Creating Cues in a Flash!

As a sound designer working in AtomCraft, ADX2’s authoring tool, your main task is to create new Cues that the programming team will trigger from the game. We all know that the production cycle in the game industry can be quite demanding so it makes sense that you would like to make that step as fast as possible. In this month post, we show a couple of techniques to speed up that process.


Specifying your own default parameters

AtomCraft offers a nice feature in the settings that allows you to define your own default parameters for a few common parameters of the Cues. To access it, select the “Properties” command in the “Tool” menu. In the tree view on the left of the “Properties” window that appears, select “Default Value”. A list of Cue, Track, and Waveform region parameters is displayed, foe which you can specify the default value.


For example, if you set the “Cue Limits” parameter to 5, each time you create a new Cue, its Cue limits will be set to 5 instead of the usual default value of 1.

This is especially helpful when you are always working on the same type of sound effects. If you design different types of Cues (e.g. for 2D sound effects, dialog lines etc.) but still want to speed up their creation process, you can make several presets with different default values for each type of Cue. The combo box located at the top of the list of parameters allows you to select the right preset. To make a new preset, edit the parameters and press on the button at the left of the combo box.


In all cases, don’t forget to press on the blue “Apply“ button after editing the default parameters or creating a new presets, otherwise these changes will not be taken into account the next time you create a Cue.


Creating Cue templates

Another method consists in creating and editing a few examples of Cues that are commonly used in your project and then using them as templates to create new Cues. It is especially useful if some of the parameters you want to set are not available in the Default Value section of the Properties window described above.

Once you have created your Cue templates, you may want to put them in a private Cue folder so that they will stay hidden from the programmers, or even in a totally different CueSheet that you will not export towards the game.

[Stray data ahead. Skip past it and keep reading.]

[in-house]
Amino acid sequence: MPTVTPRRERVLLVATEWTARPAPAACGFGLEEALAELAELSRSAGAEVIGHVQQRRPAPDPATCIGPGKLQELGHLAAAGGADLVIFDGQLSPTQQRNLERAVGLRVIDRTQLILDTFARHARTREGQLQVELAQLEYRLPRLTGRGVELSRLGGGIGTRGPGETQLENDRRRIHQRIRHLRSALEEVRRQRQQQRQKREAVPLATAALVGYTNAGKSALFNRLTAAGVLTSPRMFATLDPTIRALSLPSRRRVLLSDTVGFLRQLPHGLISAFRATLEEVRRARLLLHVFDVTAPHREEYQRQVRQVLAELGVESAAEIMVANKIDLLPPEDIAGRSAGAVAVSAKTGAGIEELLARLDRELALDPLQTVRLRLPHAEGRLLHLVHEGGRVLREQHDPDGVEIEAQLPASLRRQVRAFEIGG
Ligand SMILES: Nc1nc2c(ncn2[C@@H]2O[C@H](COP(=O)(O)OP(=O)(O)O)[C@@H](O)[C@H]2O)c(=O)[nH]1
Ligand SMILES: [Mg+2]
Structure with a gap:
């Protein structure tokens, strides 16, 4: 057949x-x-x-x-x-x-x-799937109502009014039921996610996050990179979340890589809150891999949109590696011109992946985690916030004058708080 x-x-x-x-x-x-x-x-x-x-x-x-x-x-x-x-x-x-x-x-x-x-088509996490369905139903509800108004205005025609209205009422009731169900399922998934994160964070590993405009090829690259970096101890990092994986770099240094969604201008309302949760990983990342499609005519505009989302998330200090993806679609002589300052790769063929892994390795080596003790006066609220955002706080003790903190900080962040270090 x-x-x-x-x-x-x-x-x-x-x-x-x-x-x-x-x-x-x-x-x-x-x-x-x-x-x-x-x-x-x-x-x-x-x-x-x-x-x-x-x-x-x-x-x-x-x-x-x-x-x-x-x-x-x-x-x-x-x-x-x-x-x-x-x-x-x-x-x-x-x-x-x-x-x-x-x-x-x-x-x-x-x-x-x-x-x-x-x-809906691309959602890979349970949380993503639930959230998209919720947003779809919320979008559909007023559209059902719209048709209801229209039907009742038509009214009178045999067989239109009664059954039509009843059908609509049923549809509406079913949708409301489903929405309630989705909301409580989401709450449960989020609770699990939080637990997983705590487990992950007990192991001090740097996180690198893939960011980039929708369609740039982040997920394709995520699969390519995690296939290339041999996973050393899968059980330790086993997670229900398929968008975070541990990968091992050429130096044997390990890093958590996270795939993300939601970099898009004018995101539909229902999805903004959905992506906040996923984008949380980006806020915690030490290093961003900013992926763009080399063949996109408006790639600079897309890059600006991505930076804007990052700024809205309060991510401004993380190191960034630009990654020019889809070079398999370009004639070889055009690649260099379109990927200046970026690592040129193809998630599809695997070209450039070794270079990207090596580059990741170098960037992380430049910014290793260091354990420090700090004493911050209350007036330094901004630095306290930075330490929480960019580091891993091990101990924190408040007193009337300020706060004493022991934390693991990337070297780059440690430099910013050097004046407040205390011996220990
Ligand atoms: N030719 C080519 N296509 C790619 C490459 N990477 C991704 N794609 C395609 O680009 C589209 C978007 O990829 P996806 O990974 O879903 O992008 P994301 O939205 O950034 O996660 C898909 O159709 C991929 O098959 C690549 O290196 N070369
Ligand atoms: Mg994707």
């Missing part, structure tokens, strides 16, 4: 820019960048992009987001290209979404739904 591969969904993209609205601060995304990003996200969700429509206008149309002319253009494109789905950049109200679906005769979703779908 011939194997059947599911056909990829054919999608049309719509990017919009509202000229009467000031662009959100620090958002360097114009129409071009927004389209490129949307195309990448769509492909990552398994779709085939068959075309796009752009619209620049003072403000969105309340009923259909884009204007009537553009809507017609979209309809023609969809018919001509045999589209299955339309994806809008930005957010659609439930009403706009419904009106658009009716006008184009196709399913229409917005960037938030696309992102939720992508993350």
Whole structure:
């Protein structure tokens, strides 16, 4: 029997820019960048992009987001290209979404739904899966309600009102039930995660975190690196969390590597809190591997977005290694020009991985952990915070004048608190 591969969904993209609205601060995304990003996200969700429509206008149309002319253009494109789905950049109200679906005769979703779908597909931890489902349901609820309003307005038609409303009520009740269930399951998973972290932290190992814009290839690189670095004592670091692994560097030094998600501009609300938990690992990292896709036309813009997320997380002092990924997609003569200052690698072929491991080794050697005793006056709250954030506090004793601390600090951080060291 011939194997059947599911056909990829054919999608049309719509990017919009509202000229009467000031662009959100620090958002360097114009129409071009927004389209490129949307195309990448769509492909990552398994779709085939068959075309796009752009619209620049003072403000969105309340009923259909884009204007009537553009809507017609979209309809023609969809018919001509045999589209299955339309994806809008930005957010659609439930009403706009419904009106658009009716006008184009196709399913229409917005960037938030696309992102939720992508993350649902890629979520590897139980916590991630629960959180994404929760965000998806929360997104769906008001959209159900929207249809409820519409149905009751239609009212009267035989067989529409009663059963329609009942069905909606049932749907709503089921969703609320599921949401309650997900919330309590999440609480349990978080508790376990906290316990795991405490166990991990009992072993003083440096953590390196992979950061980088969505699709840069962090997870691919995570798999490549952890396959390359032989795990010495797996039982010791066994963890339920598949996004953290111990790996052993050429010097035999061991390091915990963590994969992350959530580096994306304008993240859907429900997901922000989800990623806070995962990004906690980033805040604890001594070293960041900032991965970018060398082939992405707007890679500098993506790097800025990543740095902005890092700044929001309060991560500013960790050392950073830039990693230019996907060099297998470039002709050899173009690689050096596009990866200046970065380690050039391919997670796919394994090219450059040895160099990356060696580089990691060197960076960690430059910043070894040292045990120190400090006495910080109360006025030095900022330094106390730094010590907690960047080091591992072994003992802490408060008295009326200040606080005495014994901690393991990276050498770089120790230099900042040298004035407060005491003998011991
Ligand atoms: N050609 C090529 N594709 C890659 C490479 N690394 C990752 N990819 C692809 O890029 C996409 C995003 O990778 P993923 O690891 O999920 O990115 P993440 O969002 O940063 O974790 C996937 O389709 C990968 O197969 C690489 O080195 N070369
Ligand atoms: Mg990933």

Then you can right-click on a Cue template, and in the context menu that appears select the Duplicate function to create a copy of that Cue. You can then drag and drop the new Cue wherever it is needed in the project and further edit it.


This allows you to prepare more specific Cue templates. For example, if you have many types of characters and creatures walking on a variety of surfaces, you could prepare a Switch Cue template that already has a track prepared for each surface, associated to the right Selector Label. Then when you add footsteps for a new character you just need to duplicate the Cue and drop the right sample files on the tracks.



Importing CSV files

It is sometimes easier and quicker to edit many values directly in an Excel Sheet, where you can type fast, copy / paste at will, and sort data. AtomCraft allows you to import Cues from a CSV file.


Describing exactly the CSV’s requirements goes beyond the scope of this post, so please refer to the AtomCraft documentation for more details. The import command itself can be found in the context menu of the Work Unit tree.



Multi-editing of Cue parameters

Finally, if you want to create a lot similar Cues but all the default parameters cannot be specified in the Properties window, you can simply create them and use multi-editing to adjust all their parameters simultaneously.


Select the Cues whose parameter you want to modify by using Ctrl + click (selection of individual Cues) or Shift + click (selection of a range of Cues). Then, instead of double-clicking on a parameter to enter a new value, click on it and move your mouse vertically. The values of that parameter will increase / decrease from their initial values for all the selected Cues.

That’s it for this post about the various ways of quickly creating Cues. What about you? What combination of AtomCraft functions are you using to implement interactive audio faster? Let us know here!

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